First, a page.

Non-Toxic Product Guides:
6 Toxic Ingredients Hiding in Your “Natural” Cleaner
Keeping your children safe from the harmful chemicals in cleaning products is probably a top priority for you. For good reason! As you know, cleaning products are full of dangerous toxic chemicals like bleach and ammonia, as well as lots of other baddies like phthalates. But you might be surprised to learn that even so-called “natural” cleaners are not actually non-toxic. Mic drop. We’re sorry to tell you that it’s true – just because a product says it’s natural doesn’t mean it’s safe. We’ve debunked the top three myths when it comes to cleaning product safety to arm you with the info you need to make safer choices for your family.
Myth: Government regulations ensure the chemicals you use in your home are safe.
Fact: Out of some 62,000 chemicals approved for use in the US, only about 300 have actually been tested for safety.
Myth: Ingredient lists have to disclose what’s in the product.
Fact: Cleaning product manufacturers aren’t required to show their full ingredient lists on their labels.
Myth: If a product is labeled “natural” it’s safer.
Fact: There are no federal standards dictating criteria for what cleaning products can be labeled as “natural”. Even “natural” cleaning products frequently contain toxic chemicals that are linked to hormone disruption, organ and neurotoxicity, respiratory irritation and skin allergies.
These facts make it very hard to ensure the cleaning products you’re buying are safe. So to help, we’ve done the research and given you the top six toxic ingredients to avoid. We’re skipping over ammonia and bleach (sodium hypochlorite) since you probably already know to steer clear of those.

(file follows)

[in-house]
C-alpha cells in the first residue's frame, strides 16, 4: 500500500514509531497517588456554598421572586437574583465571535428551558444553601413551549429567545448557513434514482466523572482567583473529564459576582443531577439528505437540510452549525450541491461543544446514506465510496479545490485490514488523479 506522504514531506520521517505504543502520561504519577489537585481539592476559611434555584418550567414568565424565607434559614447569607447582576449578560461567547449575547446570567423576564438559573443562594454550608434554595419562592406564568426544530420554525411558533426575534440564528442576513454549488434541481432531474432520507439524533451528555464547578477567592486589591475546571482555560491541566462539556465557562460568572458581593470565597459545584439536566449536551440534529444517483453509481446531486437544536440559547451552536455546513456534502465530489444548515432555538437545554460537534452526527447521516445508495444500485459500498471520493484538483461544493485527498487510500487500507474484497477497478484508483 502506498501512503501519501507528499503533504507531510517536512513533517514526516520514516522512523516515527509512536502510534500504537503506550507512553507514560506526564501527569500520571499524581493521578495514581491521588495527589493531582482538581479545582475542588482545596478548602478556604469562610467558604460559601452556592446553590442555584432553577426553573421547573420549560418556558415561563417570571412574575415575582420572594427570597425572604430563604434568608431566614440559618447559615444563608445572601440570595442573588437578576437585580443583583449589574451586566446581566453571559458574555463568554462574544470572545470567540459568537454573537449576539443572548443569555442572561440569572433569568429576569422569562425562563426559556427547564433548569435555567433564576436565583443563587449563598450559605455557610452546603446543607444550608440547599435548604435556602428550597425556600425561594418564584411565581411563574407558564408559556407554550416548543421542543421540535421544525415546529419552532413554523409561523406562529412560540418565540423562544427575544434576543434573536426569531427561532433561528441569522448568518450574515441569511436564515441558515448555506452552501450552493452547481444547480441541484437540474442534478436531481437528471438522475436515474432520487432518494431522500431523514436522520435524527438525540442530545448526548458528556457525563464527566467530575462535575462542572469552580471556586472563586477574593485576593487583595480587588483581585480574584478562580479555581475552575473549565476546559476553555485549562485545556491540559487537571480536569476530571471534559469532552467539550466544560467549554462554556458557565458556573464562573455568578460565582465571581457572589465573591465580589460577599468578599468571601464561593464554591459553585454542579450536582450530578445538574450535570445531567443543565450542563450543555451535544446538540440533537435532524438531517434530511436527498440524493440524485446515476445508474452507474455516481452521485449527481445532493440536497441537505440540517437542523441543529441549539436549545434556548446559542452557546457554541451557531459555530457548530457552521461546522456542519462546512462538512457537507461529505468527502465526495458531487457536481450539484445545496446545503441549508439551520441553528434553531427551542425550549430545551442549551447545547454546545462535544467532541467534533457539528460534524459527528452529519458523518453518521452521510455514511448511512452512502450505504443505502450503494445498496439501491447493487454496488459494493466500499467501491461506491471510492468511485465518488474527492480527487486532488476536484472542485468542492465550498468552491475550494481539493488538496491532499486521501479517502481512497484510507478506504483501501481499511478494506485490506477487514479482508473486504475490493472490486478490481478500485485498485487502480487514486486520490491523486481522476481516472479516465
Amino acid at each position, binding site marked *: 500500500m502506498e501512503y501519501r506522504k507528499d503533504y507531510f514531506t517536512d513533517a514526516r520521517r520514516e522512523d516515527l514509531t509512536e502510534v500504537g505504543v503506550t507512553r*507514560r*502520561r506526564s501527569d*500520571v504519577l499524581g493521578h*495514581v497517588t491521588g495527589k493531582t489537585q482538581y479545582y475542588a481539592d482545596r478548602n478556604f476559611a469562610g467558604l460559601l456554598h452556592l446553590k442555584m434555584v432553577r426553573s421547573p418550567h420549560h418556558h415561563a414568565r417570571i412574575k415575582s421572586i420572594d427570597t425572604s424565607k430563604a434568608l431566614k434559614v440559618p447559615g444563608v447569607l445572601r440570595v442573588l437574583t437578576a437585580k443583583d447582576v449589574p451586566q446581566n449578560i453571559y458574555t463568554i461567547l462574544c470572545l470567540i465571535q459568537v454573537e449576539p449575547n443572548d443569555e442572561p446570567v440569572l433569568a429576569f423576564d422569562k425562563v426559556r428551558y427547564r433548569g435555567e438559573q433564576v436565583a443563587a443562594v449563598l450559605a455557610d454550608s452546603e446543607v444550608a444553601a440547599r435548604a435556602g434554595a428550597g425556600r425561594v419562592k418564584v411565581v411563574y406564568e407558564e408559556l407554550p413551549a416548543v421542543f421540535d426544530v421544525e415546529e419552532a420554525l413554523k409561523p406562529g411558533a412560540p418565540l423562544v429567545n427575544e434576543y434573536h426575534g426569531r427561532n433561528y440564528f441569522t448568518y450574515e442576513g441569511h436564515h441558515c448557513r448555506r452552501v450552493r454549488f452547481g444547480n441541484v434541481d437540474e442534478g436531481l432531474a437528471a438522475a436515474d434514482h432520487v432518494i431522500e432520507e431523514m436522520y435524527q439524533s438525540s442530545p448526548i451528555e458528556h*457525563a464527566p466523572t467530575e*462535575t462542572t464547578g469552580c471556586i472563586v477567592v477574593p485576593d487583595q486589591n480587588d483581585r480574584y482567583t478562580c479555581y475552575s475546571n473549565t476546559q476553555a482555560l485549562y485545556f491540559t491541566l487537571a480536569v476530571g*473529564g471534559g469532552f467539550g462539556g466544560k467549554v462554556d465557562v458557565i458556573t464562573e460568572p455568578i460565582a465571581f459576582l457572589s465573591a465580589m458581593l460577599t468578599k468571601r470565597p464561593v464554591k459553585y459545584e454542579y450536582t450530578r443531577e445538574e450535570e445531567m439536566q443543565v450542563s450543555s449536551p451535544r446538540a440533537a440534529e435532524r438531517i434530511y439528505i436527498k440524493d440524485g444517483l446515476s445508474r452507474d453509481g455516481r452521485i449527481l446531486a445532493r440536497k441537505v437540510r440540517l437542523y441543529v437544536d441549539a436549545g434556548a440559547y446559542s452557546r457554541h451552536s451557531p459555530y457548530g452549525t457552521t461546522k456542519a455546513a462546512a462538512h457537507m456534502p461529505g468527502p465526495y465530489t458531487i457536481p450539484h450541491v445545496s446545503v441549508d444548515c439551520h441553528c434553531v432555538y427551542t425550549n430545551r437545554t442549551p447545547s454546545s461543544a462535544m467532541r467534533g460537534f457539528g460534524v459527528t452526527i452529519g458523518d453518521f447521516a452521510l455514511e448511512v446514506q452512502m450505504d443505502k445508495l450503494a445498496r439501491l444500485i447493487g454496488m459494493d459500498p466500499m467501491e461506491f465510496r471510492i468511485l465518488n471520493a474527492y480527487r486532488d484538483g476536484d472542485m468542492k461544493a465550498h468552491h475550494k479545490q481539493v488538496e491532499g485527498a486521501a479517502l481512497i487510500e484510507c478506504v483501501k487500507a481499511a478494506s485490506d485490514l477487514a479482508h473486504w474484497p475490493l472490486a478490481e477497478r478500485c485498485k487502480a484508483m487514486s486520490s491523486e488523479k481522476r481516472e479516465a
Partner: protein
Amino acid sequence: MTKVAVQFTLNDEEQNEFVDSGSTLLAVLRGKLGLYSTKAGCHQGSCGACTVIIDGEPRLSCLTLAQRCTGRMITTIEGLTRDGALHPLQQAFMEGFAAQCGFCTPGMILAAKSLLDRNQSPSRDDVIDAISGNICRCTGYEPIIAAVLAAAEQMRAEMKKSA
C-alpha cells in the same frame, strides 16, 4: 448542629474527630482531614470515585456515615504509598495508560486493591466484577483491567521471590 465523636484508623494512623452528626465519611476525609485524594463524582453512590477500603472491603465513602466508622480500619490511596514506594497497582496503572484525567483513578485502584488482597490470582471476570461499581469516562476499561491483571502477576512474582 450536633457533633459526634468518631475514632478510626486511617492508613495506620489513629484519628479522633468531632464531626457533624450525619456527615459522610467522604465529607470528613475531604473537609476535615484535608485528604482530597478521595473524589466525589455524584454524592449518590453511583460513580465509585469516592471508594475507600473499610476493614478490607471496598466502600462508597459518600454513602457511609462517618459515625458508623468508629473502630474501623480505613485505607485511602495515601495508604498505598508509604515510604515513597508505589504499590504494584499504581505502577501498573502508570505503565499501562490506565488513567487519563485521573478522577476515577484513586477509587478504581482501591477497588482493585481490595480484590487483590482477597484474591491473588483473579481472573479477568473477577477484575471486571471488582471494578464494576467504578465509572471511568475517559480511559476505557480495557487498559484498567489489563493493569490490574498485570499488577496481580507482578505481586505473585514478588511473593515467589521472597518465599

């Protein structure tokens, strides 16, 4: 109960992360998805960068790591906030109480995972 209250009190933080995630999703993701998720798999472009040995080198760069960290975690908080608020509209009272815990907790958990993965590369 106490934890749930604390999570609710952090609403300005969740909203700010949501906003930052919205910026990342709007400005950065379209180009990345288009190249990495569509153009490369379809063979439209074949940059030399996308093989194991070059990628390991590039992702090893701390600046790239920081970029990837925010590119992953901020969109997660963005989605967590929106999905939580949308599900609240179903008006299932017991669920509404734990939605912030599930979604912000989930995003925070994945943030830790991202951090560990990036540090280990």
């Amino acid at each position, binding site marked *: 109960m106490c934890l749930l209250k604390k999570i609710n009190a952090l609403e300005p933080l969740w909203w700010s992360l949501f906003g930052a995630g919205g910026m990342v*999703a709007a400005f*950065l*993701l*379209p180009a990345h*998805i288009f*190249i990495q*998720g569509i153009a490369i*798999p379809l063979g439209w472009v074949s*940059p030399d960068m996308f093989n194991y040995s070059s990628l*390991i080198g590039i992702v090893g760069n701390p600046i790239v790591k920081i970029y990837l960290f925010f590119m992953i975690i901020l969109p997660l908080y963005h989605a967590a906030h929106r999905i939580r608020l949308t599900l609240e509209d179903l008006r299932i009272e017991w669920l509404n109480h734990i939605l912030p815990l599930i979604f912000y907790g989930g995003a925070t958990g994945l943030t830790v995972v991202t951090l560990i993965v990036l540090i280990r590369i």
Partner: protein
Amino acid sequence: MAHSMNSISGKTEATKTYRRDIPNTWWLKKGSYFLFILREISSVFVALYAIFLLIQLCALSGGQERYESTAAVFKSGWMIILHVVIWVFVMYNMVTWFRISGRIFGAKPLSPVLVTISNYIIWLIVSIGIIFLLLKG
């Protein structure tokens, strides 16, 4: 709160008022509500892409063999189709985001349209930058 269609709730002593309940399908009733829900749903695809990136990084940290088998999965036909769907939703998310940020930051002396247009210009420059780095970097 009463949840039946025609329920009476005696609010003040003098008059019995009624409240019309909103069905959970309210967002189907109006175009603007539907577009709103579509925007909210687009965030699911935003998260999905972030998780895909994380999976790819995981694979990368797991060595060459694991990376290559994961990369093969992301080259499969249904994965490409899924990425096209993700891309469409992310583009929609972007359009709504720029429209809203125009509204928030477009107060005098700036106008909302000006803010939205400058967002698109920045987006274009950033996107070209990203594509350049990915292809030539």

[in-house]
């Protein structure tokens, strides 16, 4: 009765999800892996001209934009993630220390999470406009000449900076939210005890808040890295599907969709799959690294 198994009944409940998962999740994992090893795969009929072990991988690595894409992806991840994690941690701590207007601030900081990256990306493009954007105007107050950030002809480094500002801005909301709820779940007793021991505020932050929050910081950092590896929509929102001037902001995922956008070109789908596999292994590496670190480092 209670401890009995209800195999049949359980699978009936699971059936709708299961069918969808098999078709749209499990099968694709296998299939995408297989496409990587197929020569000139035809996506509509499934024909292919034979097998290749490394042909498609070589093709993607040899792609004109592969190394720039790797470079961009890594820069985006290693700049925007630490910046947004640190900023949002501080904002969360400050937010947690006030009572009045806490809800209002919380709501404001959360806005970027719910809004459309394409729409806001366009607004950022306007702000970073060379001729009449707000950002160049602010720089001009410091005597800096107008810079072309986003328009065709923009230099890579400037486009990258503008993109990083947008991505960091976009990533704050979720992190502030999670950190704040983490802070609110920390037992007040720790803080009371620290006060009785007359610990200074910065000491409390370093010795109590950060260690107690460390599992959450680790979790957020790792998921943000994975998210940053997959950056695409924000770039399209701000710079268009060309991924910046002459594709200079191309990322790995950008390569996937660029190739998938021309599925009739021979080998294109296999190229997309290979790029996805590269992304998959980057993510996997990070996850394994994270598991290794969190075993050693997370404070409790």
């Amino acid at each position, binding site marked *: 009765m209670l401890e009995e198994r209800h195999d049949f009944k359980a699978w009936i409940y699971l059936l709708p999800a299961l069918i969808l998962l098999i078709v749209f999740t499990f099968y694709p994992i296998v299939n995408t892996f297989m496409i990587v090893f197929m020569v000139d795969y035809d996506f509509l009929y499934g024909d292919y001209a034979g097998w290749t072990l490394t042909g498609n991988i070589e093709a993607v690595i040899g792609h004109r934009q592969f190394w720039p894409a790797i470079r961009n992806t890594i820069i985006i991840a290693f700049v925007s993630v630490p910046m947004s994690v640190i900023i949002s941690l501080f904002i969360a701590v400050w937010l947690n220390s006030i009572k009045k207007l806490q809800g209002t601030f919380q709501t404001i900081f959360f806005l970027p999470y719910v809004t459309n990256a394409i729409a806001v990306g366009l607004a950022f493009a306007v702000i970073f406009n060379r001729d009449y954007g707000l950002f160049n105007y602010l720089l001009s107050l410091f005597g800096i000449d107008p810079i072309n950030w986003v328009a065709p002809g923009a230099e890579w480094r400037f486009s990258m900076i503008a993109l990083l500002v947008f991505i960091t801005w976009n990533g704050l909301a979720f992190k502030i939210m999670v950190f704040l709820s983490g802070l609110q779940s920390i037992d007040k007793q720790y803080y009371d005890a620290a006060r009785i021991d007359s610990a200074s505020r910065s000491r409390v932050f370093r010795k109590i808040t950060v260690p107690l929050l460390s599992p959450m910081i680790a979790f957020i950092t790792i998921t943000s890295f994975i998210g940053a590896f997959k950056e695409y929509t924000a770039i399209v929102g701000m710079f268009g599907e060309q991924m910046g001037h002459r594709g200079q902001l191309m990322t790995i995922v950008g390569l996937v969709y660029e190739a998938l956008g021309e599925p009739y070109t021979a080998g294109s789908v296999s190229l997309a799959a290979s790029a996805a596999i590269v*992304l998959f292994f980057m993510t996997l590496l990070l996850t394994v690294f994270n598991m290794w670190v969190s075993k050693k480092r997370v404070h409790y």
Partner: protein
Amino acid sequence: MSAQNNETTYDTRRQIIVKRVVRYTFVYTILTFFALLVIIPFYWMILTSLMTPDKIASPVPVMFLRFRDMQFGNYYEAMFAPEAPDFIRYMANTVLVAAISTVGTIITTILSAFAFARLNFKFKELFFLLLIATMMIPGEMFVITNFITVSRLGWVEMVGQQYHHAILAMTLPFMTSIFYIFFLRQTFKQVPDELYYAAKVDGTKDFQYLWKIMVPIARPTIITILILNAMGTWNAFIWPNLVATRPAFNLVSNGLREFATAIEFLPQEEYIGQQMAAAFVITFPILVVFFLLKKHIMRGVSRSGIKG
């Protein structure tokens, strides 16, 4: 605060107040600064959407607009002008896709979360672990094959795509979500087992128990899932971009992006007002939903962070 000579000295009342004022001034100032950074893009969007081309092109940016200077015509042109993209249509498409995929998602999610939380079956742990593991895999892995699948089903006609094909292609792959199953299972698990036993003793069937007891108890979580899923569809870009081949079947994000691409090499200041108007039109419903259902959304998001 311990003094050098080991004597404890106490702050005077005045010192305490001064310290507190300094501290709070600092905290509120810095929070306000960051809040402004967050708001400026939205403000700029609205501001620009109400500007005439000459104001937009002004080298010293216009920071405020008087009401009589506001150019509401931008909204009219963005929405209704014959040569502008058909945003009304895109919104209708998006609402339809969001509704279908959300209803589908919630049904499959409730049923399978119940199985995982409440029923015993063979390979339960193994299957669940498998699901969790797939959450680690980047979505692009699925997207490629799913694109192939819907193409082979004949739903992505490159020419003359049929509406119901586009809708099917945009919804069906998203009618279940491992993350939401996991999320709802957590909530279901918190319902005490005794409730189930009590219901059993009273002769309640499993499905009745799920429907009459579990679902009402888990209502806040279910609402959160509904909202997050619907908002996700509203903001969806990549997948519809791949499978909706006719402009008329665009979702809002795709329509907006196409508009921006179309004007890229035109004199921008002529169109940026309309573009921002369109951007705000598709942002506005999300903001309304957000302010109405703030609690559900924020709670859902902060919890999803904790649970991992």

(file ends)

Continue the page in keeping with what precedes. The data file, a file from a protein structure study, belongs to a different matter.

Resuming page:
The Top 6 Ingredients to Avoid
- Fragrances: Manufacturers have tried to train us that clean has a smell. Maybe that smell is lavender, lemon, pink grapefruit, white grapefruit or any other color of innocent sounding fruit, but trust us, you should avoid it. Fragrances don’t add anything to the efficacy of a cleaning product, and instead introduce significant health risks. The fact is, fragrances are not nearly as safe as most people think they are, which is why they earn the #1 spot on our list. Here’s why:
- Fragrance chemicals can pass through the skin and enter the blood stream. They are classified as carcinogens, hormone disruptors, neurotoxins, skin and respiratory irritants.
- The fragrance industry is self-regulated. Safety testing does not have to precede product sales, and fragrance “cocktails” don’t require reviews by regulatory agencies.
- Fragrances are considered “trade secrets,” so manufacturers aren’t required to disclose the potentially hundreds of ingredients hiding behind the one word “fragrance.”
Bottom line: Don’t buy a cleaning product if you see the word “fragrance” on the label. This goes for air fresheners too! They just attempt to pollute away odors with toxic chemicals. And don’t be tricked by the phrase “fragrance-free” or “unscented.” You also have to check the ingredient list, because sometimes companies use a masking fragrance to cover the chemical smell of their product. Also watch out for products labeled as “natural” or “natural fragrance,” because there is no standard criteria for what these words mean.